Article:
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What can I do with an English Literature degree?

A degree in English Literature could open the book into an exciting career in a whole range of areas. Read on to find out more.

What are your skills?

English Literature is a non-vocational degree – which means that it gives you some all-round skills that can be applied to different careers rather than training for a specific job. These skills include:

  • Written and other communication skills
  • Understanding complex ideas and theories
  • Research

Which job?

Media and journalism

Many journalists have an English degree, since the ability to research subjects and write clearly and concisely are essential to the job. It doesn’t just have to be writing for print or online press either, since jobs in TV and radio also require great research skills. Check out our Careers in Media section for some ideas.

To get into the media, doing some work for your student media and getting some media work experience alongside your degree will give you a big advantage. You might also want to consider studying a postgraduate course run by the NCTJ.

Starting salaries begin at around £15,000.

Publishing

If a degree in English Literature means one thing, it’s that you understand books, so English graduates are in high demand in the publishing industry. Begin as an editorial assistant and you’ll be proofing and correcting books before they’re published, and could work your way up to a commissioning role deciding which books will sell and why. There are plenty of other jobs available in publishing as well, so check out our Careers in Publishing article for more inspiration.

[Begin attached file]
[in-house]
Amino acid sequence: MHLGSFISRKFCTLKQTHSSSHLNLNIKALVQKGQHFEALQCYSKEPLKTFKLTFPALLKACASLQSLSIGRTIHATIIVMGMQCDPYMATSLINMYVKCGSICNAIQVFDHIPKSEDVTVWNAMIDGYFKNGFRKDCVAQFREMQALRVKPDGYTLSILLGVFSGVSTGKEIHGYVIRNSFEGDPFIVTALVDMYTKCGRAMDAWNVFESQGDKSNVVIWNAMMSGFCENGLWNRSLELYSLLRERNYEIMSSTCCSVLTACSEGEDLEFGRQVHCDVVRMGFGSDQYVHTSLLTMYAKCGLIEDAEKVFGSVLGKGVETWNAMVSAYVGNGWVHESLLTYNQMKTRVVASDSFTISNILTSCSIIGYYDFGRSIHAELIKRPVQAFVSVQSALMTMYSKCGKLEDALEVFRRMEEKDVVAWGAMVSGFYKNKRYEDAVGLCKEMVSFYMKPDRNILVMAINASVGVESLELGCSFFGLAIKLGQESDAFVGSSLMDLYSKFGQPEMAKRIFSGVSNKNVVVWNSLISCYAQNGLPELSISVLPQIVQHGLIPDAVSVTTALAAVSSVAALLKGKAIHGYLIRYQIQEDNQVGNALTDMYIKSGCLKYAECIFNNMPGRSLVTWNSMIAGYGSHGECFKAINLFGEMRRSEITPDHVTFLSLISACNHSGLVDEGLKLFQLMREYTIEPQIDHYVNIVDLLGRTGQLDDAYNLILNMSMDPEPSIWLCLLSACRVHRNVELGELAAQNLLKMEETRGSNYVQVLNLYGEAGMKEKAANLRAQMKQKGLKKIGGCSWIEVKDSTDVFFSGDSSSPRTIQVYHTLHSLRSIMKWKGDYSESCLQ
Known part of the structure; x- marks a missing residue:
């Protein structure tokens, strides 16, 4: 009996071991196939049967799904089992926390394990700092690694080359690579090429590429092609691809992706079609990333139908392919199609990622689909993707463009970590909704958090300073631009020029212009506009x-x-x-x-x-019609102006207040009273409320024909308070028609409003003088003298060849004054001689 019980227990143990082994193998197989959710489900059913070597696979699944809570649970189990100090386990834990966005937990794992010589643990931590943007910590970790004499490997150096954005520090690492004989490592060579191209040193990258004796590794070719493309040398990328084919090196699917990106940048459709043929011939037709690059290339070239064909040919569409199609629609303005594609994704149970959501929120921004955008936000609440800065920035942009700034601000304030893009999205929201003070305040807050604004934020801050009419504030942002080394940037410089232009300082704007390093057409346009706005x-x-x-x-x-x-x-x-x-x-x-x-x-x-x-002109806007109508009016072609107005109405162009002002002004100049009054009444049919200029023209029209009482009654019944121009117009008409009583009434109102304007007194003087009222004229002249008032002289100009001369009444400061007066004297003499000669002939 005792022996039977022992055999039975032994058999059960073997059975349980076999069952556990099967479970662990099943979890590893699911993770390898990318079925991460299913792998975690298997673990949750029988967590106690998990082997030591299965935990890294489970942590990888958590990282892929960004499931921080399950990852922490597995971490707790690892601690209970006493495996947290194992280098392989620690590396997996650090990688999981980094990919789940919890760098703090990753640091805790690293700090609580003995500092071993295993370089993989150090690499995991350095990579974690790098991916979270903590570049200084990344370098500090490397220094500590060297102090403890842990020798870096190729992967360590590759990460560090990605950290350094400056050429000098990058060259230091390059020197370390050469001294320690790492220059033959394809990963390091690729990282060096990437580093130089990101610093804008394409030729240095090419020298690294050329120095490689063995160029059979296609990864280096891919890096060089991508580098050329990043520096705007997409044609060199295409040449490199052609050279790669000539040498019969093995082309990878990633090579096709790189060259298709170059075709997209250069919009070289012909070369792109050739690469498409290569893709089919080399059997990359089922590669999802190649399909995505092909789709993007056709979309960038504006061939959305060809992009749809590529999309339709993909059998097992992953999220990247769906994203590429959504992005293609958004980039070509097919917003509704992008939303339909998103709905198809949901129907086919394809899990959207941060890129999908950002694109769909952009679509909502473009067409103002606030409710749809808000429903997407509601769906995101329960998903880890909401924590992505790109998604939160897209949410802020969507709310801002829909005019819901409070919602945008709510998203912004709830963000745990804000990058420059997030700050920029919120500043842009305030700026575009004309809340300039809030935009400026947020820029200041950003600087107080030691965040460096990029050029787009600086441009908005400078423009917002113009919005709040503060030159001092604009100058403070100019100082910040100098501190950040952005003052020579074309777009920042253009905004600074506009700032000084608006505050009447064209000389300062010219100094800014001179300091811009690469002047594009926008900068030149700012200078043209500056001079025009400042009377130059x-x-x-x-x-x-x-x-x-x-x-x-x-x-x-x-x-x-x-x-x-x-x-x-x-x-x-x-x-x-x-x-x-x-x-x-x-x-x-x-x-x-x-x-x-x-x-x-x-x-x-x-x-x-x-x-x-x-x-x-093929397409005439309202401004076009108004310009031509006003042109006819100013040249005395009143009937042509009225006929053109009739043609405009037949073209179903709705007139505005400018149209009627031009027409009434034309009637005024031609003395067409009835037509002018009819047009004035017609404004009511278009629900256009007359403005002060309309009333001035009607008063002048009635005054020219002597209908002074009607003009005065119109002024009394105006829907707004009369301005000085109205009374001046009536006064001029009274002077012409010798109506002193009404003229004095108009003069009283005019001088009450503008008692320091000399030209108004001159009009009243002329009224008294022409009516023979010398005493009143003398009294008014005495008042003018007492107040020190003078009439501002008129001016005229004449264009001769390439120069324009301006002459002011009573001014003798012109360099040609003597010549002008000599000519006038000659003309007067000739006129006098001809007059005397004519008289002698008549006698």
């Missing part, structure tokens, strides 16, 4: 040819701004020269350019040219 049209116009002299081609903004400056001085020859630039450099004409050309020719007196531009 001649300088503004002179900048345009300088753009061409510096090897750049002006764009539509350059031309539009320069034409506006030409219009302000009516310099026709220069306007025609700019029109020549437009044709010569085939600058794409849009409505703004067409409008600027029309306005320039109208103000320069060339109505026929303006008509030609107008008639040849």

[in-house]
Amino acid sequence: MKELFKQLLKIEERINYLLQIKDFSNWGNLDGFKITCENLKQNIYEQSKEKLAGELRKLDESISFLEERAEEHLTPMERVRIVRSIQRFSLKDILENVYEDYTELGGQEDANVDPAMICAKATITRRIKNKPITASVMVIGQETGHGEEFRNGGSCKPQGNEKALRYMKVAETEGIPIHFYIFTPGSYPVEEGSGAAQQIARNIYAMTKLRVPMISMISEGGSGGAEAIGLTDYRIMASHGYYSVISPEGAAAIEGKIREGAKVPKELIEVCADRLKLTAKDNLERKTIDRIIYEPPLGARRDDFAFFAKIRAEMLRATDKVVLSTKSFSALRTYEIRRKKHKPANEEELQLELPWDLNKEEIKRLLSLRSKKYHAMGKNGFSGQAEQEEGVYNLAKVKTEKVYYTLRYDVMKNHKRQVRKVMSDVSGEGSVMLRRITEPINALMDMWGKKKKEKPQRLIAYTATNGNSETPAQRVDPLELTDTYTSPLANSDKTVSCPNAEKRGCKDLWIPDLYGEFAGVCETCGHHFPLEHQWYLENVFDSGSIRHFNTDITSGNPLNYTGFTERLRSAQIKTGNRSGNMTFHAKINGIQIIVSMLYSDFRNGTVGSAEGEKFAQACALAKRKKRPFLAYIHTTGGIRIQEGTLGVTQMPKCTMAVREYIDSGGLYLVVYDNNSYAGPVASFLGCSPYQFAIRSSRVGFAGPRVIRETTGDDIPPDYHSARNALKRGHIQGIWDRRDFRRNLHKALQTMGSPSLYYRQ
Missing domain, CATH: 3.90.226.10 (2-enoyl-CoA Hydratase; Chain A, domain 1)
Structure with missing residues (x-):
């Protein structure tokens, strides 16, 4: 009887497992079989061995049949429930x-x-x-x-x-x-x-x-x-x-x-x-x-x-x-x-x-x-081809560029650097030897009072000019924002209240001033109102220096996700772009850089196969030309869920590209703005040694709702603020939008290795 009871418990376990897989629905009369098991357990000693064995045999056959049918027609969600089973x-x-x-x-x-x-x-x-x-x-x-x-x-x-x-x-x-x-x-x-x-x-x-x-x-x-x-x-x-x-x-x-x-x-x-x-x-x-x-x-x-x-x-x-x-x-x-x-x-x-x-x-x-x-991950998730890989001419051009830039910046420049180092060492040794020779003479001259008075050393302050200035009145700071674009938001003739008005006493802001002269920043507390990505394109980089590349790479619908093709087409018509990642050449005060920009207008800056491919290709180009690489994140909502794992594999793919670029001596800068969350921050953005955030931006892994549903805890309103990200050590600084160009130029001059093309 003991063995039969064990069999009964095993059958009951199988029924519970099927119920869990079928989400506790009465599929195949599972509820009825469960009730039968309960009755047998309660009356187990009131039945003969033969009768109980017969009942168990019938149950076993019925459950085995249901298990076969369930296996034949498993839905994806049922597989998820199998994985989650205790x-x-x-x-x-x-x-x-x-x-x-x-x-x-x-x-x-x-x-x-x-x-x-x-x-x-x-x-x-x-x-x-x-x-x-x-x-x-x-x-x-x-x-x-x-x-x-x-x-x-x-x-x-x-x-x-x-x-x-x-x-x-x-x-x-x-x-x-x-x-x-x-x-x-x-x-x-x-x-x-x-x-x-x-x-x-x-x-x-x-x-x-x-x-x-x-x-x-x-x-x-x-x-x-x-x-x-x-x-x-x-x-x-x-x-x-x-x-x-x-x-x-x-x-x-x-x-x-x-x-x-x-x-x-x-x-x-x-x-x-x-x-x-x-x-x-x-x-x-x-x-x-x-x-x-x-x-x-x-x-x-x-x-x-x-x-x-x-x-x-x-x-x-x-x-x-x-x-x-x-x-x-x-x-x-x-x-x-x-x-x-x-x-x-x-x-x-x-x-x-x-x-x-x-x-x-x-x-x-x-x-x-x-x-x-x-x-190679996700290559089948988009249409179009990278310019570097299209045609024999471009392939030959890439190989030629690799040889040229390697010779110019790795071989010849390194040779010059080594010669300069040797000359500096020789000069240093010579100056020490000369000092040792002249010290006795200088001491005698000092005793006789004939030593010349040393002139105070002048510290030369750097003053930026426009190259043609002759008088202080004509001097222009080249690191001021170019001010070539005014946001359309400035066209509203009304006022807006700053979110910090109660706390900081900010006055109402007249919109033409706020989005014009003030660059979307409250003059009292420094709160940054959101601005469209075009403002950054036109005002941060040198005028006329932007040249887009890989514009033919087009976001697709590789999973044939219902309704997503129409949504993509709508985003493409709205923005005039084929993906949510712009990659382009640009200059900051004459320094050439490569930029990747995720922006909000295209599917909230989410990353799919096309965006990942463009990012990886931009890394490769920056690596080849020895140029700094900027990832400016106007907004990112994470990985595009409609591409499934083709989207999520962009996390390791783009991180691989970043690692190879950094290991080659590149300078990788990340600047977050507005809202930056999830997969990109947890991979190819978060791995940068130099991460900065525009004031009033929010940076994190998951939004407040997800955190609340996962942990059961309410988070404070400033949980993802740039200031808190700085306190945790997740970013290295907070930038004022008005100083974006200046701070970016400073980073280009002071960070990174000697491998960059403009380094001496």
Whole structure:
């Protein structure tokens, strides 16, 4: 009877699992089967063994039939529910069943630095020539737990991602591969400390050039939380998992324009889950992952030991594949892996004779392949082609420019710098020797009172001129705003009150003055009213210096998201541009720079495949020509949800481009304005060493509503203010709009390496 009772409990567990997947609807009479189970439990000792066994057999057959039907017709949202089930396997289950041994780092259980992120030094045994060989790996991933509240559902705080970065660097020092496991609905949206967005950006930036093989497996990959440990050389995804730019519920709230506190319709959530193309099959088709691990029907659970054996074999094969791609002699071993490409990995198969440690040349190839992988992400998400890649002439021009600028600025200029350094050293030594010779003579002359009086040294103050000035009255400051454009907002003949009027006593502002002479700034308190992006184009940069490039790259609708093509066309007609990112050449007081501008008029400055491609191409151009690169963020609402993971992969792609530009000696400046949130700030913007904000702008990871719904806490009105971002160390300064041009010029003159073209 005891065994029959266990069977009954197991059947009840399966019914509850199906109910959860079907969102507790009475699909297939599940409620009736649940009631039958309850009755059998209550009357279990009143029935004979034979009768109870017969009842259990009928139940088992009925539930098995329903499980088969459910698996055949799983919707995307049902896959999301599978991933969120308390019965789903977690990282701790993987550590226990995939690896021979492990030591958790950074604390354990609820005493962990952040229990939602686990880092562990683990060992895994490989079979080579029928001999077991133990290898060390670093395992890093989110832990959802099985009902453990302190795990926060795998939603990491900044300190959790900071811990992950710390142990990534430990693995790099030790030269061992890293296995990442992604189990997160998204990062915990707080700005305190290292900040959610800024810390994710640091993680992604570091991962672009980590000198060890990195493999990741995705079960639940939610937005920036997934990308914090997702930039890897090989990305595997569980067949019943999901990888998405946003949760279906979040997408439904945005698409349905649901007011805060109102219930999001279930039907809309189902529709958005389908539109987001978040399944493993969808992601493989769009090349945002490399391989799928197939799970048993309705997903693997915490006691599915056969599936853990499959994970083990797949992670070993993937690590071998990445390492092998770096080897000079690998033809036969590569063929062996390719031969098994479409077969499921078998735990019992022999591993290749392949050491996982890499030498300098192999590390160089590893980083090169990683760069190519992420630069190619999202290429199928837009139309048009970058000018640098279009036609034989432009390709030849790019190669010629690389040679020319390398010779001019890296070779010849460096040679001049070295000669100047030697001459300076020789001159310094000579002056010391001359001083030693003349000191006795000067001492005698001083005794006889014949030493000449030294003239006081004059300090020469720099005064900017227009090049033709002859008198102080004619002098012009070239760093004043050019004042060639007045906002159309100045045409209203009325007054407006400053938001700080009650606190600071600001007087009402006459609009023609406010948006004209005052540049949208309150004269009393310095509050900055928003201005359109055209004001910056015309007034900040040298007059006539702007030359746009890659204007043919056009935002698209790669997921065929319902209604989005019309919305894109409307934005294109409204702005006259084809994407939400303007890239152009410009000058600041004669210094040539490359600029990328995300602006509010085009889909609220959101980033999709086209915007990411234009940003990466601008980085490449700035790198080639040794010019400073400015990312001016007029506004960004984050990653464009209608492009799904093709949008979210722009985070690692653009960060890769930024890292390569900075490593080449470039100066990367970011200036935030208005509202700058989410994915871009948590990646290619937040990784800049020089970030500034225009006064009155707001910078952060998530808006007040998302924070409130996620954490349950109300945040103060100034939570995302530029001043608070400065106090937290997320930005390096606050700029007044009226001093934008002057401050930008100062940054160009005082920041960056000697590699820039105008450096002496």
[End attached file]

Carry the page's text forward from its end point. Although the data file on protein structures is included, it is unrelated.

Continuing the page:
Starting salaries begin at around £14,000.

Advertising and PR

Being able to make and explain a persuasive argument is a big part of studying English Literature, and is crucial for working in advertising and PR. You could put your skills to good use as an advertising copywriter for example, or if you’d prefer dealing with people face-to-face, then a job as a public relations or press officer could be for you.

Getting involved with some campaigns at your Student Union or with a charity will give you some great firsthand experience, and it’s also worth thinking about getting a professional marketing qualification from an organisation like the Chartered Institute of Marketing after your degree as well.

Starting salaries begin at around £17,000.

Teaching

Teaching is a good choice if you want to share your love of literature with others. You’ll not only need to know the books you’re teaching inside out, but also have great communication skills to inspire your class, and perfect spelling and grammar for marking their work. You’ll need to study a teaching qualification after you graduate, and you can find out more about the different options in our Teaching section.

Starting salaries begin at around £21,000.

Arts

Literature is art after all, and even if you don’t end up writing a bestseller yourself, the skills you pick up studying English Literature will be useful in many parts of the arts industry. You could write programmes and publicity material for museums and art galleries for example, help to organise festivals and events, and work for arts organisations seeking funding – or the companies and other people doling out the cash. Take a look at some of the other articles in our Careers in Arts and Humanities section.

Starting salaries begin at around £15,000.

Other options

You don’t have to stick to jobs directly related to your degree either. You might have to do further study to get into these sectors, but many jobs in retail, law, business, social work and politics also need exactly the sort of skills English graduates have. And remember that creativity and initiative are some of the most important things English Literature will teach you – which are a big help when it comes to finding any job and thinking about how to apply what you’ve studied at university to the world of work.

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